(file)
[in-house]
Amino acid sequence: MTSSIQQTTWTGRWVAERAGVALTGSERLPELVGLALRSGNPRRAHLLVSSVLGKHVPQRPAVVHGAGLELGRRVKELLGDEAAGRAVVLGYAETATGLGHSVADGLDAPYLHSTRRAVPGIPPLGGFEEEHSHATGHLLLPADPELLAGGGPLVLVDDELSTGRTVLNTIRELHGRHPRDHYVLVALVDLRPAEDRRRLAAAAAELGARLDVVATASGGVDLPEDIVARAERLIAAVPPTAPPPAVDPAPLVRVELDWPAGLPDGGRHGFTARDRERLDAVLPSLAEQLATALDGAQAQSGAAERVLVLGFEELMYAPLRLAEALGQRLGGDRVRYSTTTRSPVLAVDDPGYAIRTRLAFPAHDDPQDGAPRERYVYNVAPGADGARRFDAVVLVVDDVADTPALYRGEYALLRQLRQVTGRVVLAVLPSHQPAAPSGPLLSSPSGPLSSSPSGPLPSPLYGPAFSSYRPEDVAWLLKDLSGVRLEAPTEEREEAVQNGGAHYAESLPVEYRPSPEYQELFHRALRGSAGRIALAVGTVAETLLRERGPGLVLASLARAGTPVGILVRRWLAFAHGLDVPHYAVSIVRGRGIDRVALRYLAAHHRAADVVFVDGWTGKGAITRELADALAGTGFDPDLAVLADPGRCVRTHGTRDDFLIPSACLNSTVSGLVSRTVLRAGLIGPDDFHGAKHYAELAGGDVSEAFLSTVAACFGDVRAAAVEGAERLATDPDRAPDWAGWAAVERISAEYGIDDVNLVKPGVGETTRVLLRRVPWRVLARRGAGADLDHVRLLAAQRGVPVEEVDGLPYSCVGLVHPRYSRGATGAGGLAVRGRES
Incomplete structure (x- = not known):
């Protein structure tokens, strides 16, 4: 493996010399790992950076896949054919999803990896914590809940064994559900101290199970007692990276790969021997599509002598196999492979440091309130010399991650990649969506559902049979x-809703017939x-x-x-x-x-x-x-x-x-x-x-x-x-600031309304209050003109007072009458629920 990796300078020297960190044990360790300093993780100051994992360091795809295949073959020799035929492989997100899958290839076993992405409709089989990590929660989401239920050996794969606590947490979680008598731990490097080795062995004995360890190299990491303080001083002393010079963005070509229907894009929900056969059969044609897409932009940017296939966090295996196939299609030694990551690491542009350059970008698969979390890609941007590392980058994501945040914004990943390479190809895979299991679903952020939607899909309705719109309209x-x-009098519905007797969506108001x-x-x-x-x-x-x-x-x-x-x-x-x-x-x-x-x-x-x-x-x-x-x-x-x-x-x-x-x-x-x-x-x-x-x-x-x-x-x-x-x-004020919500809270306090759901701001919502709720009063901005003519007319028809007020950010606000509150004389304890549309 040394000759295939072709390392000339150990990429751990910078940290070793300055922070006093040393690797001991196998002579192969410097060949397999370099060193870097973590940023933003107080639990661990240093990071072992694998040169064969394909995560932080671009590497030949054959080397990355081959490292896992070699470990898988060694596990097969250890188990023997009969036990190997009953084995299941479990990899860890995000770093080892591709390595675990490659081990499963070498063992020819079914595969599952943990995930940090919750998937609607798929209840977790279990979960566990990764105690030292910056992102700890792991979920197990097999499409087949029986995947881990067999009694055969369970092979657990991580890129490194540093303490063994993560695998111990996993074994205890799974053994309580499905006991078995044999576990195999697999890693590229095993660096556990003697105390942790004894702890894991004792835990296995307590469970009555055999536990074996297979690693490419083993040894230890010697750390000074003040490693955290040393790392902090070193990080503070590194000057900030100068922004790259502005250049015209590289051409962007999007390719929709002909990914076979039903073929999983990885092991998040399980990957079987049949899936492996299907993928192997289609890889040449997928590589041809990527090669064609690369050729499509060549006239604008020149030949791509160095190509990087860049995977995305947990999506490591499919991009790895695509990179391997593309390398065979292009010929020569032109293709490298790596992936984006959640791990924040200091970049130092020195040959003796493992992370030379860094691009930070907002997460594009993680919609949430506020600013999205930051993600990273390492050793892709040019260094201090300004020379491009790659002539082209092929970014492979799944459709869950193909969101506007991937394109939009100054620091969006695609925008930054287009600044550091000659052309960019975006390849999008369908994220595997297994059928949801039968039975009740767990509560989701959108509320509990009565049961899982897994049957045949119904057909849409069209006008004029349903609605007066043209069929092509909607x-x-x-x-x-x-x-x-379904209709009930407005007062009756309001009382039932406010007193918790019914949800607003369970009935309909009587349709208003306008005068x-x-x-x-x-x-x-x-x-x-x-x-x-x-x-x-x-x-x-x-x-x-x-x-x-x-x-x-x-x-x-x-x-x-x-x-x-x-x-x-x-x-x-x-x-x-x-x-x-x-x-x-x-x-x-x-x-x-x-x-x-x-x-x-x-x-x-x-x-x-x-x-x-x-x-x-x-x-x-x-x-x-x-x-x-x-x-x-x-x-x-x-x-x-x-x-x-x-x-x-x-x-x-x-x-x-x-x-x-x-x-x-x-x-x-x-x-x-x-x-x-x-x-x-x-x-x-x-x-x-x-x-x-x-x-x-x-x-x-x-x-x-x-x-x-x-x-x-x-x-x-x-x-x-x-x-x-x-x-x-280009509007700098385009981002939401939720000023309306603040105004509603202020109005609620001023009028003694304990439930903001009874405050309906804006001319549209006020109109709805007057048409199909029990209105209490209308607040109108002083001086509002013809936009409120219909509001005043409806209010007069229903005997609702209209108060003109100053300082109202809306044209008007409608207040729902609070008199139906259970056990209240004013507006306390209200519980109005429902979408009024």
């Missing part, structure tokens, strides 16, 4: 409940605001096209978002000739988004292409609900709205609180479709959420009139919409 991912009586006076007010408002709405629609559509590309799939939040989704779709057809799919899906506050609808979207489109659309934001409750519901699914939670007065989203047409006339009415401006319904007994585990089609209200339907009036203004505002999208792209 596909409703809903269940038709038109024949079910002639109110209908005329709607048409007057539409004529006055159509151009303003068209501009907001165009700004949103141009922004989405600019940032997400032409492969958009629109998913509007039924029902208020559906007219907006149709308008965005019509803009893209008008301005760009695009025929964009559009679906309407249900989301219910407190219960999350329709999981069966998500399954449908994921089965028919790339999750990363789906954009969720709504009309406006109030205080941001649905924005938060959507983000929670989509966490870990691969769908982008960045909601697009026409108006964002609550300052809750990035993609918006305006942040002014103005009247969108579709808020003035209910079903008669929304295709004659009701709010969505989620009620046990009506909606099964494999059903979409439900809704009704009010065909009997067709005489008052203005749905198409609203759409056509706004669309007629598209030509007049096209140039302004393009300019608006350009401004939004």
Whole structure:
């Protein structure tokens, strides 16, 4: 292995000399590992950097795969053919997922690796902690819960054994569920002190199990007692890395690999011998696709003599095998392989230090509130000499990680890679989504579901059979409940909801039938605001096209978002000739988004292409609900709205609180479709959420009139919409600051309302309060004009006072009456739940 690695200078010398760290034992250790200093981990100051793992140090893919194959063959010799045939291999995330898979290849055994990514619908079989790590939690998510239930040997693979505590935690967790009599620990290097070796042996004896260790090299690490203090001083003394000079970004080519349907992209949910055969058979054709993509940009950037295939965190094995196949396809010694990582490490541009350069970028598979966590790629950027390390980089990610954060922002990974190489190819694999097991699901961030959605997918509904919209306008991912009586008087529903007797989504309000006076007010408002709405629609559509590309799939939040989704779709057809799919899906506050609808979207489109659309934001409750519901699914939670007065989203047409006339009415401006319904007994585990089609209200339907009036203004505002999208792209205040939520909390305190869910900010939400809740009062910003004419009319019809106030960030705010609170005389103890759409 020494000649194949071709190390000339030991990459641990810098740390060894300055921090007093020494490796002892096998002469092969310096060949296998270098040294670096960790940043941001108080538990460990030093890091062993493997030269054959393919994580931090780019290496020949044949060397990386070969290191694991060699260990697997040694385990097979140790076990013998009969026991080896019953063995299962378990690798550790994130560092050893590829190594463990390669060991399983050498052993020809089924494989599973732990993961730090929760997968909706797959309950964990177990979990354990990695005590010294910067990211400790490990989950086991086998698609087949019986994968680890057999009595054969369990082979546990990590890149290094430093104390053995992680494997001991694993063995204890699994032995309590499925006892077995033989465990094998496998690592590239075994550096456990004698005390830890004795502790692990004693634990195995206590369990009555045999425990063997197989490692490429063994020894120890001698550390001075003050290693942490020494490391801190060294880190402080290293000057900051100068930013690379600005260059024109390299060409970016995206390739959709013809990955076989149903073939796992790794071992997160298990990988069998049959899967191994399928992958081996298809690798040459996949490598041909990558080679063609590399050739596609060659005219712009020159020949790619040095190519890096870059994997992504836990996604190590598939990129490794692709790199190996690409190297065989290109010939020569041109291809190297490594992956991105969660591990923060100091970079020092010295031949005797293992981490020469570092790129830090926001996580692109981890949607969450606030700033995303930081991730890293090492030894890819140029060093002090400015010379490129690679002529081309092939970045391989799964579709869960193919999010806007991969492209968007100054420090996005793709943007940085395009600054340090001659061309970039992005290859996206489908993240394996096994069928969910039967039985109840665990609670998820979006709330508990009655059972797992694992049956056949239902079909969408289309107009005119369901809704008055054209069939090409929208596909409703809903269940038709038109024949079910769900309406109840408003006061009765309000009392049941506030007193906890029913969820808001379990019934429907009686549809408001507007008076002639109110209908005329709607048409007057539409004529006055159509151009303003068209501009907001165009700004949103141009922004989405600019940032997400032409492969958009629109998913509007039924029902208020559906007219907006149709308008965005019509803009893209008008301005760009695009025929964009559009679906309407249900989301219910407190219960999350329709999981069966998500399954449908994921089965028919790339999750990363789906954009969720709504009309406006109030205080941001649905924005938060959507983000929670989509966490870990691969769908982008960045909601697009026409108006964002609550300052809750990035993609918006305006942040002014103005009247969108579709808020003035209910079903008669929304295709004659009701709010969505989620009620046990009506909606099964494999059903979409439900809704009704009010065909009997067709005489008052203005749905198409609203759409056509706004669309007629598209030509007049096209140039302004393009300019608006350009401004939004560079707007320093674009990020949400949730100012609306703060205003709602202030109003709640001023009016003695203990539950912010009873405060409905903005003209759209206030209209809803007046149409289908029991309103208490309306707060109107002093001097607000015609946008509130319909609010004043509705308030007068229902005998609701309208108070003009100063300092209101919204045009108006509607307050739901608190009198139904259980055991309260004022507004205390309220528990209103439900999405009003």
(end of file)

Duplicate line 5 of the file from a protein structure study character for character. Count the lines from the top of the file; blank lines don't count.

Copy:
């Missing part, structure tokens, strides 16, 4: 409940605001096209978002000739988004292409609900709205609180479709959420009139919409 991912009586006076007010408002709405629609559509590309799939939040989704779709057809799919899906506050609808979207489109659309934001409750519901699914939670007065989203047409006339009415401006319904007994585990089609209200339907009036203004505002999208792209 596909409703809903269940038709038109024949079910002639109110209908005329709607048409007057539409004529006055159509151009303003068209501009907001165009700004949103141009922004989405600019940032997400032409492969958009629109998913509007039924029902208020559906007219907006149709308008965005019509803009893209008008301005760009695009025929964009559009679906309407249900989301219910407190219960999350329709999981069966998500399954449908994921089965028919790339999750990363789906954009969720709504009309406006109030205080941001649905924005938060959507983000929670989509966490870990691969769908982008960045909601697009026409108006964002609550300052809750990035993609918006305006942040002014103005009247969108579709808020003035209910079903008669929304295709004659009701709010969505989620009620046990009506909606099964494999059903979409439900809704009704009010065909009997067709005489008052203005749905198409609203759409056509706004669309007629598209030509007049096209140039302004393009300019608006350009401004939004």